But when the goodness and loving kindness of God our Savior appeared, he saved us…

Titus 3:4-5a

Evangelism has taken on all kinds of forms and methodologies over the decades. From lifestyle evangelism to Way of the Master; from going door to door doing surveys (a personal terrifying favorite of mine when I was in college) to handing out tracts; there have been all kinds of methodologies that have been promoted over the decades. For the most part I have no sense of preference as to what model a person uses. One approach that works well with one person will resonate with some but will not work for others. Everyone is wired differently and what works for extroverts is very hard for introverts to adopt for their approach.

Most people struggle with how to be personally involved in mission. Some are very fearful of what others think, so they usually do nothing. Others will take stabs at creating spiritual conversations with others, but struggle to know how to go about making those transitions. For others, evangelism seems like an activity of meeting quotas and for another it is simply on the check list of things they better do to prove to God (or themselves) that they are on the same page as God.

One of the first things about evangelism, or sharing the good news of the gospel, is the example that God sets for us in Titus 3.  We might call it a philosophical approach, or a starting point, in understanding how to begin thinking about connecting with people who are presently separated from the family of God.  The statement in Titus 3 is not as much a methodology, but a character driven love for others which opens a whole basket-full of questions that we could discuss. But notice three things about the statement of how God engages this mission of saving broken human beings:

1. God’s approach begins with kindness. The idea here is God’s goodness towards human beings. God did not send His Son to condemn the world but to save it (John 3:17). The kindness of God is what motivates Him to rescue sinful human beings. This is not His judgment, his wrath, or his indignation over the moral corruption of humanity, it is His kindness. The key is that his kindness, like his love, appears or shines. God makes his kindness visible and touches lost people personally.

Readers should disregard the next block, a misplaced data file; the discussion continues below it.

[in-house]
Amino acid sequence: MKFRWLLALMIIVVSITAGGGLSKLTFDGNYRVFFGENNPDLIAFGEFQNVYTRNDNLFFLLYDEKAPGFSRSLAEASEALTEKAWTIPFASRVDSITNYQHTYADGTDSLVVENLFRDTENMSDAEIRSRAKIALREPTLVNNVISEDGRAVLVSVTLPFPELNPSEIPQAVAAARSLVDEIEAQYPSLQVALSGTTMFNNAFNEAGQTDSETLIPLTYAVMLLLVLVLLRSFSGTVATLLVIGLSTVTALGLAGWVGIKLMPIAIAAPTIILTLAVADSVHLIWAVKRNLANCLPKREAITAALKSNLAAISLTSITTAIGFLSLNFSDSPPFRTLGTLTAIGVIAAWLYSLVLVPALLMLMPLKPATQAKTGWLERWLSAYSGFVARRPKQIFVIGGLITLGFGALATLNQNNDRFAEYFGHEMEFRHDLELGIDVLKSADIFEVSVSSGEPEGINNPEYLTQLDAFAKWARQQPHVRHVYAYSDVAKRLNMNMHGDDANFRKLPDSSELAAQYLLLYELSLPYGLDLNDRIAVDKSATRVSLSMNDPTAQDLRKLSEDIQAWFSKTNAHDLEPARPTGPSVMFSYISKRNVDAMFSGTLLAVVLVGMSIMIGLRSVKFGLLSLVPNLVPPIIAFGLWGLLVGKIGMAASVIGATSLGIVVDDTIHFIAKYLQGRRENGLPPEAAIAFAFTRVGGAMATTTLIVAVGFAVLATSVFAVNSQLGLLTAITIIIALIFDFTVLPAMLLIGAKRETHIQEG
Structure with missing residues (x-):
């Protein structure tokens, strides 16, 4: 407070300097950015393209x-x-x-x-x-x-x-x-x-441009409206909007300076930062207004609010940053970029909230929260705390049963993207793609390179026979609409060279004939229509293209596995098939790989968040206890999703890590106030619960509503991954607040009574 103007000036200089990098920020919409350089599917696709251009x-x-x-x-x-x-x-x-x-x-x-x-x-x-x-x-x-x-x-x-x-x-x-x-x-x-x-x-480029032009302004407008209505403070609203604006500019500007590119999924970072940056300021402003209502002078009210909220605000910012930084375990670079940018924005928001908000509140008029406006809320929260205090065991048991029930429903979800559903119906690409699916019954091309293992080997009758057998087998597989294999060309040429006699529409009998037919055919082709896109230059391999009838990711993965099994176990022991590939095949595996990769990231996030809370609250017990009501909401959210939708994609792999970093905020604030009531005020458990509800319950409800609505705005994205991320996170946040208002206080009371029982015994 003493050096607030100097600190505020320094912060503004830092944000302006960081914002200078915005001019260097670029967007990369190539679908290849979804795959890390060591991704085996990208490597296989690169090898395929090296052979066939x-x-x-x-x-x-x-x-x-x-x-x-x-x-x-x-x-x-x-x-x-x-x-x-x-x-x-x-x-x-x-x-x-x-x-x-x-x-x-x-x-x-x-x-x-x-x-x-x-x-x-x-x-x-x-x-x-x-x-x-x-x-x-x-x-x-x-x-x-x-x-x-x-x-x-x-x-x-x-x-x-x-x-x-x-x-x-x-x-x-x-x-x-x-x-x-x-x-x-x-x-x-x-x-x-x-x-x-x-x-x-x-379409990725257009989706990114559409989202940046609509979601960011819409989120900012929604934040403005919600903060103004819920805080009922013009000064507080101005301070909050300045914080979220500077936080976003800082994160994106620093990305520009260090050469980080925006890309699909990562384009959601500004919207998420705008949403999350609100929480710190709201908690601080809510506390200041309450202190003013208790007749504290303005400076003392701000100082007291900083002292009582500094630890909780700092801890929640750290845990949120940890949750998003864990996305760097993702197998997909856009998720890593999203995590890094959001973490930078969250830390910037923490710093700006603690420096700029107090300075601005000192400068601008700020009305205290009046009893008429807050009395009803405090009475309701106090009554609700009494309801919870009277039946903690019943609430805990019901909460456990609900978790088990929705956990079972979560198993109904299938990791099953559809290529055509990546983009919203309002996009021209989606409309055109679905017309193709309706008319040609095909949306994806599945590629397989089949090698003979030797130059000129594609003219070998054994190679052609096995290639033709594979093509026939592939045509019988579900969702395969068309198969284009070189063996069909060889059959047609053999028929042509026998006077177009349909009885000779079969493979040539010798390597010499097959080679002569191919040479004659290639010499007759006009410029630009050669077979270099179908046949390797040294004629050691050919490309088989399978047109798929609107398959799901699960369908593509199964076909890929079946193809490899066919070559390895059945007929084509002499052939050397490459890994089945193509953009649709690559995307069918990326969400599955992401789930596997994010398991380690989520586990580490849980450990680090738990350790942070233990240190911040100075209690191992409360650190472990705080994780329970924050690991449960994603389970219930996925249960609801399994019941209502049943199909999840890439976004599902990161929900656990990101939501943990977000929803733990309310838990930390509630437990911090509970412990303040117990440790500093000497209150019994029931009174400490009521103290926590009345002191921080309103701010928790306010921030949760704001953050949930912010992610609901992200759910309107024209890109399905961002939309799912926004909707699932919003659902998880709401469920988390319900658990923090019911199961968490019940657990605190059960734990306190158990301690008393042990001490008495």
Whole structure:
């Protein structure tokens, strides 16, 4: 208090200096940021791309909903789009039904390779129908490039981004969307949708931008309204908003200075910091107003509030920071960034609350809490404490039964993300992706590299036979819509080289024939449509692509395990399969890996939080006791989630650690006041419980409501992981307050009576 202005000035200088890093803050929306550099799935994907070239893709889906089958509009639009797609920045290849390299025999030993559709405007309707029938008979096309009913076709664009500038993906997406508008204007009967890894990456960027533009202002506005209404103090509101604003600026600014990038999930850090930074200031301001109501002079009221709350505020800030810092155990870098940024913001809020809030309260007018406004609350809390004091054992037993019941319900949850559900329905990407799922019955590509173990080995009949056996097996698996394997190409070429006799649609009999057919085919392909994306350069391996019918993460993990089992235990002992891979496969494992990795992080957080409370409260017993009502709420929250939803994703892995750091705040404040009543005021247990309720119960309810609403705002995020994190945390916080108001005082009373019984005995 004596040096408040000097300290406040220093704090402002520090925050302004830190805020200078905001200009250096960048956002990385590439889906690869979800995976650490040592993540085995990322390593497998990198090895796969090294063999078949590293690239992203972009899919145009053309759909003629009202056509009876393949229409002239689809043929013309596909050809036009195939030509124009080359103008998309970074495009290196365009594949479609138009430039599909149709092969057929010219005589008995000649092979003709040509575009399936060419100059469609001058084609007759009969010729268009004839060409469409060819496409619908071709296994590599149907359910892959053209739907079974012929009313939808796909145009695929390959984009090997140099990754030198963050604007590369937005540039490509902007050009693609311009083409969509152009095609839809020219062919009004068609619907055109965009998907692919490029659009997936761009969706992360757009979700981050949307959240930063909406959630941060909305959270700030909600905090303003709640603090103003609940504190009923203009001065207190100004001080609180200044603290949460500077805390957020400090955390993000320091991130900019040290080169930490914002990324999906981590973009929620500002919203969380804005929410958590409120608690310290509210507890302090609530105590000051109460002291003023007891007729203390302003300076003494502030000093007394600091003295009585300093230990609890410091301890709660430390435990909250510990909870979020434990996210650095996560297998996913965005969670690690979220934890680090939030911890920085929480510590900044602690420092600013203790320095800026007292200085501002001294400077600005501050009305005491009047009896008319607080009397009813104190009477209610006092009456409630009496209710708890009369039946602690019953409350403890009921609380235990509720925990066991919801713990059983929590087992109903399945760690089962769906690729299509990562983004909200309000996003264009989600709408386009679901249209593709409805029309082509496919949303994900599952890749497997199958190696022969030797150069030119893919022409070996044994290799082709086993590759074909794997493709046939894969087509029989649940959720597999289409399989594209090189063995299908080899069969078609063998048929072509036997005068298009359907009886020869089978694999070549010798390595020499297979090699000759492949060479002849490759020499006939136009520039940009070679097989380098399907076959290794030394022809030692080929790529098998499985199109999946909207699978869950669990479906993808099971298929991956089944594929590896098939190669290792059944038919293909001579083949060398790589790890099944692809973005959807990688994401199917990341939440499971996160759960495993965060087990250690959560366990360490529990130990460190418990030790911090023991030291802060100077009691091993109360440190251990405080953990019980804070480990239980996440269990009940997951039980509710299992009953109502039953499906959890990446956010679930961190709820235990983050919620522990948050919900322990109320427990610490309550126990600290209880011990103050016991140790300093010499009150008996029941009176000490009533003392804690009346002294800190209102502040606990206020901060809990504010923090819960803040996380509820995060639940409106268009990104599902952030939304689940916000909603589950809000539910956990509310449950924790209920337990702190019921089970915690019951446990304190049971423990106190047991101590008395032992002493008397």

2. The love of God. Interesting that the text includes both God’s kindness and His love. Similar terms even in its basic root meaning, but this has the idea of friendship love, this is not the word agape love. The picture here is moving alongside people as a friend to help them discover God’s kindness towards them.

3. He saved us. The driving methodology of God is that He saves us and the two undeniable pillars of how He approaches a lost humanity is with His love and kindness. This is not just His attitude or motivation but His methodology. The sacrifice of Christ shows that instead of leading with judging people directly, He shows His kindness by having His Son absorb the punishment humanity deserves. In one sense, God’s first act is to provide protection for humanity from His wrath and judgment, then He extends the invitation to trust the work of His Son in redemption.

One of the ways that ought to shape our approach to those we know is to show His love and kindness. How we demonstrate or reveal that is the key question. But if our approach was to communicate, reveal, or expose people to the kindness and love of God to first protect them from His wrath, and then extend the good news of the gospel, we might find it different than many approaches. This may not be the whole picture, but if we think of it as our starting point with unsaved people, we might find ourselves changing our methods to be more in keeping with God’s approach to saving the lost.

In His grace,

Pastor Brad